Visit business trade shows in your area and ask other executives what's working for them and even how and when they decided to pull the trigger on implementing a CRM software system. You're not the first to do this, so be smart and learn from the experiences of others, and as importantly, learn from their mistakes and save yourself and your business the headaches.

So how do you choose a CRM vendor? Talk to CRM software vendor representatives and value added resellers (VARs). Go to CRM software trade shows, read all you can online and turn yourself into an educated and informed buyer. You wouldn't buy a new car without doing some research on customer reviews, fuel mileage, crash safety ratings, reliability and resale values, so don't look at CRM systems blindly.

Ask the software vendors plenty of questions. Ask about scaling and capacity issues with the CRM systems as your business grows. Ask about how it will work with the other legacy applications you are running. Will the CRM software integrate easily with your accounting software or ERP system? Think about the future. What will you want it to do in two years as your company continues to grow? Will you be able to easily add new features or software modules?

Then pick 3 to 6 CRM software products that you are impressed with and dig even more deeply. Whittle them down to your top 2 or 3. Ask those companies to give you detailed and scripted software demonstrations. Ask them to use some of your customer data and see how it is displayed and organized and how it will work in each system.

Include some of your key employees in the evaluations. Are there products that they think are easy to use? What do they think are the most important features - and why?

These key steps, including talking to customers, other CRM users and your staff are very important, Enderle advises. "Before making the move and selecting a CRM software vendor find out what other companies in the same industry are using and why, also find out if your own people have experience with any particular tool and factor both into your decision making process," he said. "Switching CRM systems can be very painful and spending quality time up front in the software evaluation process can pay off huge dividends over time."

Don't be timid. Challenge the software vendors. Challenge their claims. Make them show you what they mean when they say the product does something. Now is the time to walk out of the room without any doubts or remaining questions. You're about to make a big investment to advance your business for the future.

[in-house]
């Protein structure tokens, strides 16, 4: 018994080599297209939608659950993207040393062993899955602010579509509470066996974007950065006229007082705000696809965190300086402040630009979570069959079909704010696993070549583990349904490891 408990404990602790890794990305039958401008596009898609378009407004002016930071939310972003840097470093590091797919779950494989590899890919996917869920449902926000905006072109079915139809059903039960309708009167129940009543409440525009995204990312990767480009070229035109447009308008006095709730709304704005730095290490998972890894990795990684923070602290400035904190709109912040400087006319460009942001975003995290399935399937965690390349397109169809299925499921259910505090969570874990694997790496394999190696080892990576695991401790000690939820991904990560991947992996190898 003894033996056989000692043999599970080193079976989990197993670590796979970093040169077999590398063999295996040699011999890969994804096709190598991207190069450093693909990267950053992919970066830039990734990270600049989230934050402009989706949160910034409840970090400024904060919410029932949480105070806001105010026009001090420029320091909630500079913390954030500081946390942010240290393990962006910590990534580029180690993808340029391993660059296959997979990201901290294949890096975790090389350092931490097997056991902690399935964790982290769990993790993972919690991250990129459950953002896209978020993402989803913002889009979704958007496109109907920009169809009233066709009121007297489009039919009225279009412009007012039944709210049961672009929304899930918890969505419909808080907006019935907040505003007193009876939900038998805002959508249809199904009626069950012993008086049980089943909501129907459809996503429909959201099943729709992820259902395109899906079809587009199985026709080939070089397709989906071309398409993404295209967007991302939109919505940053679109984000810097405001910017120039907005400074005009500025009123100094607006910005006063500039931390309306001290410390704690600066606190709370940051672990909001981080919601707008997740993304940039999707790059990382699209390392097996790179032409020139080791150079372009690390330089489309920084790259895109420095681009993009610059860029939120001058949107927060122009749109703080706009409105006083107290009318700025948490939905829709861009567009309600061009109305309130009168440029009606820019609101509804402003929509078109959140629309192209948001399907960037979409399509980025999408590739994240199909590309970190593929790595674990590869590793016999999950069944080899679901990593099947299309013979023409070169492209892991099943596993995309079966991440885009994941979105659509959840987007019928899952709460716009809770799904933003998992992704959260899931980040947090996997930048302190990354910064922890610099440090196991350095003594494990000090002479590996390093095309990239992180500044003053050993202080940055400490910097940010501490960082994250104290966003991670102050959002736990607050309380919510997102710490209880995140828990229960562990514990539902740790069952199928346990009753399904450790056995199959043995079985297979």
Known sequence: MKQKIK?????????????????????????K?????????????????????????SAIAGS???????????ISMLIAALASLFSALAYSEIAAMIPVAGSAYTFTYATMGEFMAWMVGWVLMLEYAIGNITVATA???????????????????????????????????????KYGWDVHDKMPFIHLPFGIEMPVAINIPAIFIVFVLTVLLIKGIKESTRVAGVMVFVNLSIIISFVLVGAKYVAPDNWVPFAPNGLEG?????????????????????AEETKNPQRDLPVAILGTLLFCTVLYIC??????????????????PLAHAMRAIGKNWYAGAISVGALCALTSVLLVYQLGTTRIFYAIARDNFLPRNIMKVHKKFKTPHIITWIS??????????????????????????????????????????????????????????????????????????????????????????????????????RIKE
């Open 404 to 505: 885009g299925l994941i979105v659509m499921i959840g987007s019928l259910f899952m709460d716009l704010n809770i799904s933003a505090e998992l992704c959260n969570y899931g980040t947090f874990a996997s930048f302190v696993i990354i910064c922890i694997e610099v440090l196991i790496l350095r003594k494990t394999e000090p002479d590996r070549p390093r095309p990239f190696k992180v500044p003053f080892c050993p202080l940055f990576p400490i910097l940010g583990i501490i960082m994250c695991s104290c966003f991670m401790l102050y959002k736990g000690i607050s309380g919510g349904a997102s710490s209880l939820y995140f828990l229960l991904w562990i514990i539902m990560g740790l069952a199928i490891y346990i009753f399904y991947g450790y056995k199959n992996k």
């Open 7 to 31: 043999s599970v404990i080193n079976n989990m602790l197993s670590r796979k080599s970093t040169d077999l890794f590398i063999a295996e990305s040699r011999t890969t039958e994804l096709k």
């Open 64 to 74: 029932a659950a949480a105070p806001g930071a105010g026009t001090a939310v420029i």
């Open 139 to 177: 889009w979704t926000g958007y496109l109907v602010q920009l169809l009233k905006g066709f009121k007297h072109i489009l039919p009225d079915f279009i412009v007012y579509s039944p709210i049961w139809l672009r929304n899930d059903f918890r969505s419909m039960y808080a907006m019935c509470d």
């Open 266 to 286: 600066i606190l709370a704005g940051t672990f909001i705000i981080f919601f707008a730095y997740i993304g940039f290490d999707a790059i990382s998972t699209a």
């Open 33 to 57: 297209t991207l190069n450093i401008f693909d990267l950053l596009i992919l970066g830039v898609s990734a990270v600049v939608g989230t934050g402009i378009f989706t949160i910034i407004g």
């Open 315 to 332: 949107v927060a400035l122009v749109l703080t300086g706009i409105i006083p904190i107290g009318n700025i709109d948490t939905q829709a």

So what about CRM in the cloud? Should you consider this over an in-house installed application?

This may be a viable option, especially if you have a small IT team, or no full-time IT staff. There are good vendors out there offering cloud-based or Software-as-a-Service (SaaS) CRM systems which can help you adopt CRM with less hassle than going it alone. If the cloud CRM advantages of reduced cost, faster time to market or outsourced technical management intrigue you as you consider the move to CRM in the first place, then ask your potential vendors about advantages, disadvantages and cost differences with this software delivery model. Cloud CRM systems can help you get started with a hand to hold and less stress as you dive into this new world of customer relationship management software for your business.

Enderle said he likes the SaaS CRM option for first timers. "Hosted first because the entry cost is low and it will scale with the business," he said. "Depending on the numbers you can stay hosted or, when the marginal benefit exceeds the marginal cost, switch over to an internal software application if you like."

Yes this can be time consuming and nerve-wracking as you enter this new area of business IT, but the positives will likely far outweigh the negatives as you adopt CRM automation and watch your business become more efficient, more assertive and more focused on its goals of growing your business and better serving your customers.